Connie Sahlmark, BC Green Party

Connie Sahlmark has resided in the Penticton area for just over 13 years. Orginally from Saskatchewan, her grandfather Alexander Sahlmark was a veteran and later an MLA.

“My vision for the Okanagan is to develop jobs in other markets than the service industry,” says Sahlmark. ” We live in the land of peaches and beaches but there are challenges retaining members of the workforce. Benefits of engaging the emerging clean energy and tech sectors as the backbone of our economy not only provides well-paying jobs but will lower the cost of living.”

“Climate change is here but it does not have to be a negative. This can be a tremendous opportunity,” says Sahlmark. “And the best place to be when opportunity knocks is at the forefront. We have the natural resources, the workforce, education/training centers; all that is needed is the political will to seize it. And BC Greens under Andrew Weaver are committed to pursuing sustainable broadly-based economic prosperity.”

“I am not a career politician. My background is in sustainable building and clean energy. If elected MLA, I can provide a strong edge in promoting green technology and the Okanagan,” said Sahlmark.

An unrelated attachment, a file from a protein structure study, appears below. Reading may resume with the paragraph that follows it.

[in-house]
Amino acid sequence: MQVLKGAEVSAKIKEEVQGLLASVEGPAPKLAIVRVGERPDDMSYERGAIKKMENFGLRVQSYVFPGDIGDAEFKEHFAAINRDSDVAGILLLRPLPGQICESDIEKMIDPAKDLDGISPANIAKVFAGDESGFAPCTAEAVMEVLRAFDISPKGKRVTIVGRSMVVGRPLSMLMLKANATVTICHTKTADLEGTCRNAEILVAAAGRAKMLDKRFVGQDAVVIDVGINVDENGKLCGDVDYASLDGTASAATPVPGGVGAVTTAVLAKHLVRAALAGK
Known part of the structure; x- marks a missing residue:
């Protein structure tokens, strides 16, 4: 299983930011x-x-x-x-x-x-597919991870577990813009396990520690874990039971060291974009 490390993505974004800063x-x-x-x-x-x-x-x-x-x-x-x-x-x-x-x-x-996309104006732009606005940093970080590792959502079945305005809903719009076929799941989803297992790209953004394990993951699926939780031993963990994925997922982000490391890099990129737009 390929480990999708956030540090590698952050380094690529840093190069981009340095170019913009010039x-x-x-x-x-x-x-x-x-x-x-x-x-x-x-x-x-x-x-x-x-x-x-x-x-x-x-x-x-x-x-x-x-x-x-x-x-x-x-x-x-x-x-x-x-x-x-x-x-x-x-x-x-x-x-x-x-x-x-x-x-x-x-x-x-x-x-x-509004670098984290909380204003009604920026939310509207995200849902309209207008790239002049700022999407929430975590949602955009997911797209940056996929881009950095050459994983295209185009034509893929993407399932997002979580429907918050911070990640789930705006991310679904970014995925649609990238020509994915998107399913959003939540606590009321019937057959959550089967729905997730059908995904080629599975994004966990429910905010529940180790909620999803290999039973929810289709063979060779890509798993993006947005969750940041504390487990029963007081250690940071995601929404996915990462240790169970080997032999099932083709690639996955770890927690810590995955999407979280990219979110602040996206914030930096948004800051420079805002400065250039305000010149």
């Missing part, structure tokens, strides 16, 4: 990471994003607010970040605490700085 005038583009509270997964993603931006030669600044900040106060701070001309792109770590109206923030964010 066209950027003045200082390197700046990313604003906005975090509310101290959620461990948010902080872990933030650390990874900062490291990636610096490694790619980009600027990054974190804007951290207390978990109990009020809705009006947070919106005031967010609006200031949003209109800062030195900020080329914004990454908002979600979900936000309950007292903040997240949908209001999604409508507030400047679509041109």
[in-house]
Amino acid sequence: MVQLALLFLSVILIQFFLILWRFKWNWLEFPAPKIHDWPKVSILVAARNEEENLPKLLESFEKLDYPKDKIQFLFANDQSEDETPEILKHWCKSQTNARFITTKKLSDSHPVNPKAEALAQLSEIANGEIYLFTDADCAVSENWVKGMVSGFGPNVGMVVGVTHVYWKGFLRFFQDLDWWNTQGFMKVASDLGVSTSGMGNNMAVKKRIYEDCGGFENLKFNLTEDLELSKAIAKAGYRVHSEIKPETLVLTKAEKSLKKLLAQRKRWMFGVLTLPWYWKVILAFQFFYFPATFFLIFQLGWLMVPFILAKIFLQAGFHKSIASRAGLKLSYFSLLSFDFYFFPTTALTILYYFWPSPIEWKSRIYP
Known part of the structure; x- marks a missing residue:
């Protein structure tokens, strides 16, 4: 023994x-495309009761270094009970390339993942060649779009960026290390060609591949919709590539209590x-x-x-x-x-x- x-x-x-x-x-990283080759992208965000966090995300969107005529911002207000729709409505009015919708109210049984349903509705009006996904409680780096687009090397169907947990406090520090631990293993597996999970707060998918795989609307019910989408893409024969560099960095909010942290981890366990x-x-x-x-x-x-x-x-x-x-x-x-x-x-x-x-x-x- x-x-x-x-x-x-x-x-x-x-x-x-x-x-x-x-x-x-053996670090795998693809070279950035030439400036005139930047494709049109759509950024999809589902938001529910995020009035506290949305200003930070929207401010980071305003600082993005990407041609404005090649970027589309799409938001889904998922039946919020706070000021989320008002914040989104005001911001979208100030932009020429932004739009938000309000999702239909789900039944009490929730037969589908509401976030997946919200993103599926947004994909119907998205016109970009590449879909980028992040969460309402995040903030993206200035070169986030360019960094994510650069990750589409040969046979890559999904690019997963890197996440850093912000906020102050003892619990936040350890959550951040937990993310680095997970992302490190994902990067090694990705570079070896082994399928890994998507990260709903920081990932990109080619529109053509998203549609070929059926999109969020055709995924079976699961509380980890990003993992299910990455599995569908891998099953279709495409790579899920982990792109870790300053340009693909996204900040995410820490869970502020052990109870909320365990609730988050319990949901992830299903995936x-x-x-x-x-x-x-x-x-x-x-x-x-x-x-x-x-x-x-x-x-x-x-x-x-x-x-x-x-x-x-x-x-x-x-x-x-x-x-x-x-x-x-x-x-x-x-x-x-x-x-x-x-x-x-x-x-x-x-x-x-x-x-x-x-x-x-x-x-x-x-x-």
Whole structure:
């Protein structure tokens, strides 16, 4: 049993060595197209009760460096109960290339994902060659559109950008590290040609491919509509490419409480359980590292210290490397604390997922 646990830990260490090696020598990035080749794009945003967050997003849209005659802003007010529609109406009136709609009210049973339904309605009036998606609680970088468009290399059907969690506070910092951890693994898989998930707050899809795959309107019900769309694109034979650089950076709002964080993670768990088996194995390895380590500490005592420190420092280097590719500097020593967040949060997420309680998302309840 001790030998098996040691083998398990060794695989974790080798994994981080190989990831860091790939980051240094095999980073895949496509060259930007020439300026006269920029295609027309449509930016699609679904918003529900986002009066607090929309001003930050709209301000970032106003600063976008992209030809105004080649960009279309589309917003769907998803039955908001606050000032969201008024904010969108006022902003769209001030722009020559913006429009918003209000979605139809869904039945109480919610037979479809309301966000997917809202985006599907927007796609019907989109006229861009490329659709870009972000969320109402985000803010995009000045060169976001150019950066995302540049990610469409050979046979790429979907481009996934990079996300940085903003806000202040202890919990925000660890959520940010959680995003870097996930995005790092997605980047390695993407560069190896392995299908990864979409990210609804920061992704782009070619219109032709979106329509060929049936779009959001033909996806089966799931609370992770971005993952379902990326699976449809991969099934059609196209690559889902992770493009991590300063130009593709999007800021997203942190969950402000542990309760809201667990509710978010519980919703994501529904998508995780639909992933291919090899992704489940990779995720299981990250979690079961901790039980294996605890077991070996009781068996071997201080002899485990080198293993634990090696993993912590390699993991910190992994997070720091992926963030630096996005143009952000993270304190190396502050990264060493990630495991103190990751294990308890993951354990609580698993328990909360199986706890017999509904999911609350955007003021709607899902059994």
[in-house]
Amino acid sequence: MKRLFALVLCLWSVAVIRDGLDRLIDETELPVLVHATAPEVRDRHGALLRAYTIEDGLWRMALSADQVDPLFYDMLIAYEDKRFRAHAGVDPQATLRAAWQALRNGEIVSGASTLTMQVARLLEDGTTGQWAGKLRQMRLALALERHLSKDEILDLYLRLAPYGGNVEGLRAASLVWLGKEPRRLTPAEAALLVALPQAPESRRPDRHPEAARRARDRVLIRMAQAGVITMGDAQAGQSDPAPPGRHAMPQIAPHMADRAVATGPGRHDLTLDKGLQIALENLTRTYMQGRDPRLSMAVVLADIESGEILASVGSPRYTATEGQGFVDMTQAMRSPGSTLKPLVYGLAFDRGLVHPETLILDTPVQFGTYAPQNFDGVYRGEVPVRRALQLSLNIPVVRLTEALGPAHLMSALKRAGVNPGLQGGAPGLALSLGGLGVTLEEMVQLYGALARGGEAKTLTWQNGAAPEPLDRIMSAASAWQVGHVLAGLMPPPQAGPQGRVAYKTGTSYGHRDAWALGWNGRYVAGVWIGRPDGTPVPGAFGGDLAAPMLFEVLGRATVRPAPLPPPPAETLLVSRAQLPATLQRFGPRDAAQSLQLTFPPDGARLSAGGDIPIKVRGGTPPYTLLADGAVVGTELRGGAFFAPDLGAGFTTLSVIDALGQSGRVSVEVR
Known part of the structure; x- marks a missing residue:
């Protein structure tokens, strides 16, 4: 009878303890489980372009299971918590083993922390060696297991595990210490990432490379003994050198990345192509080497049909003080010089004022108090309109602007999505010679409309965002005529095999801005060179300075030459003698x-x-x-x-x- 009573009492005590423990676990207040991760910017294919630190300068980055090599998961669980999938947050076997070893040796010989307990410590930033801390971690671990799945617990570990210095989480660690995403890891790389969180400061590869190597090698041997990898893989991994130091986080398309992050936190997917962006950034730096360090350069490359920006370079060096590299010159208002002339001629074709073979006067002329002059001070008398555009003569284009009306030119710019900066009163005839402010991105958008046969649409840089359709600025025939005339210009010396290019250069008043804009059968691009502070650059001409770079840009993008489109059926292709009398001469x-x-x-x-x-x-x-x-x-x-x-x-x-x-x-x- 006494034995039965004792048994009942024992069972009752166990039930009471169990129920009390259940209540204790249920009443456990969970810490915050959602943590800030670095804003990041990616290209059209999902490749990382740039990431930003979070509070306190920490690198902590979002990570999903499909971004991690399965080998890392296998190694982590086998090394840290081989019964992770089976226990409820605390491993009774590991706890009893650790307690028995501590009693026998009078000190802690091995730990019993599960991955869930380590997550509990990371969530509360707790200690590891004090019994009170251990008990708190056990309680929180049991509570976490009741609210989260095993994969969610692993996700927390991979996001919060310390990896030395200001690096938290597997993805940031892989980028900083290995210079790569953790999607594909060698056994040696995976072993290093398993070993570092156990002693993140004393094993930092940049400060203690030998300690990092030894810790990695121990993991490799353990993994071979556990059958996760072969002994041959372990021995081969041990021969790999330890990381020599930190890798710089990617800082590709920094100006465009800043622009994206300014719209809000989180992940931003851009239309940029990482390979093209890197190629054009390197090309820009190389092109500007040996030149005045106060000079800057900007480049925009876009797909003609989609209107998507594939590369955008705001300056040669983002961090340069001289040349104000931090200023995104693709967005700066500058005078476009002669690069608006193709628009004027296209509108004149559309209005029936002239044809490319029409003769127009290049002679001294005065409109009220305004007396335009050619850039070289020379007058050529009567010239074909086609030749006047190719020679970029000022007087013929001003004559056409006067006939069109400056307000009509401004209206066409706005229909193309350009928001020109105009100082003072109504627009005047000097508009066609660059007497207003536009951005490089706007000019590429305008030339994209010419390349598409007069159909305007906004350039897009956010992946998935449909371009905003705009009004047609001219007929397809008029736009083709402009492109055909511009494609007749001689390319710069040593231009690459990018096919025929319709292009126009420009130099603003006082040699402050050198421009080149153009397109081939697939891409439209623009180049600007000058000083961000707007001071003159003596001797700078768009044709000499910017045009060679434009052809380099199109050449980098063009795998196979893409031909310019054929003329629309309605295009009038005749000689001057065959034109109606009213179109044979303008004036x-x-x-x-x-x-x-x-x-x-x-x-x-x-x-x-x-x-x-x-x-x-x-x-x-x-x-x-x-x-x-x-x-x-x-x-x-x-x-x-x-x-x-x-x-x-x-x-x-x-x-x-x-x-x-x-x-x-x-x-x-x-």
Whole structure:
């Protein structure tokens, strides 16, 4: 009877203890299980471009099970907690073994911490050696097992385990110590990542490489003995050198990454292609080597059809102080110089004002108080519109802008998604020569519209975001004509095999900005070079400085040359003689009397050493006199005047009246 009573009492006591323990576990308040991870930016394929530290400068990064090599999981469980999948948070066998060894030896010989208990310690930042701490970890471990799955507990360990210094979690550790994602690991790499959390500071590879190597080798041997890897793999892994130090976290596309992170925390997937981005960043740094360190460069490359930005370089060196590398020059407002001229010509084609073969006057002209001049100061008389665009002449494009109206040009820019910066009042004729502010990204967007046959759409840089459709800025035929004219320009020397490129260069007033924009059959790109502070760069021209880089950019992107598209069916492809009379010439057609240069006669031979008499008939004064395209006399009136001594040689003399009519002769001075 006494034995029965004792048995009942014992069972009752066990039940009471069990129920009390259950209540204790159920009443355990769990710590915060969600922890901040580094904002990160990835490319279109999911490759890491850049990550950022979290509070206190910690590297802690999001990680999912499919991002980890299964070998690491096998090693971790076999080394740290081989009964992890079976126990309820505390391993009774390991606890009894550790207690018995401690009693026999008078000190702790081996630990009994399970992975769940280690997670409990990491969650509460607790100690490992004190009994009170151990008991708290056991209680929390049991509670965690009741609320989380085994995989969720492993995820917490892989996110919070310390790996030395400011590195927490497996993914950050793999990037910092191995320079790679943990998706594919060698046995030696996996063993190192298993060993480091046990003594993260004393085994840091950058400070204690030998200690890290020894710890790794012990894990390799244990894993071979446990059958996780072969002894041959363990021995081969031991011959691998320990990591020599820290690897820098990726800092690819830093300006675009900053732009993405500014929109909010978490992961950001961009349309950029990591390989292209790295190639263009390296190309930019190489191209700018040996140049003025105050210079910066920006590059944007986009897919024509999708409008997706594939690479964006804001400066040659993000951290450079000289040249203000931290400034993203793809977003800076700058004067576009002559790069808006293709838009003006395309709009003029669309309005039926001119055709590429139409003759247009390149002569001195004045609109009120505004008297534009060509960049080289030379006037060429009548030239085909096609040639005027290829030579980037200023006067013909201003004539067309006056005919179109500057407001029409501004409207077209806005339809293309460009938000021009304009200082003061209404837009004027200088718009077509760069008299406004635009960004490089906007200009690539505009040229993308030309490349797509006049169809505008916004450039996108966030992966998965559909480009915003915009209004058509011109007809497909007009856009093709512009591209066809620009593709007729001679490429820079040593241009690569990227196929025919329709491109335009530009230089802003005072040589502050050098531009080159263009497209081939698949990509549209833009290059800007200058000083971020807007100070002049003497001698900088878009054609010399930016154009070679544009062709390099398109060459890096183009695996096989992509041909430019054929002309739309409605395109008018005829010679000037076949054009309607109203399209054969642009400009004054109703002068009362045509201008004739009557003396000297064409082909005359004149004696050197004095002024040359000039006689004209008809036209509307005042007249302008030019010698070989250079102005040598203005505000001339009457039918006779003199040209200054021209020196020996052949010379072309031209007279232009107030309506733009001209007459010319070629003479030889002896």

Sahlmark has been a full-time student for the past three years at Okanagan College taking the Sustainable Construction Management Technologies program which focuses on green building, renewable energy and resource conservation. She also held a seat on the Okanagan College Education Council for three consecutive years.

Connie participated last year in two protests against commercialization of local public parks, volunteered with the Save Skaha Park Society, as well as writing editorials and attending council meetings to speak to the issue.

Tarik Sayeed, New Democratic Party

A technology innovator and business-owner, Tarik Sayeed founded Baby Taxi Inc., a tech start-up that created gesture recognition software to translate American Sign Language into text and audio. He believes that growing the high-tech sector is essential to building a strong, stable economy.

“I love living in the Okanagan. There are so many amazing people that are working hard every day to make their lives better. As a Penticton City Councillor, I have worked hard for the people in our community, ” said Sayeed.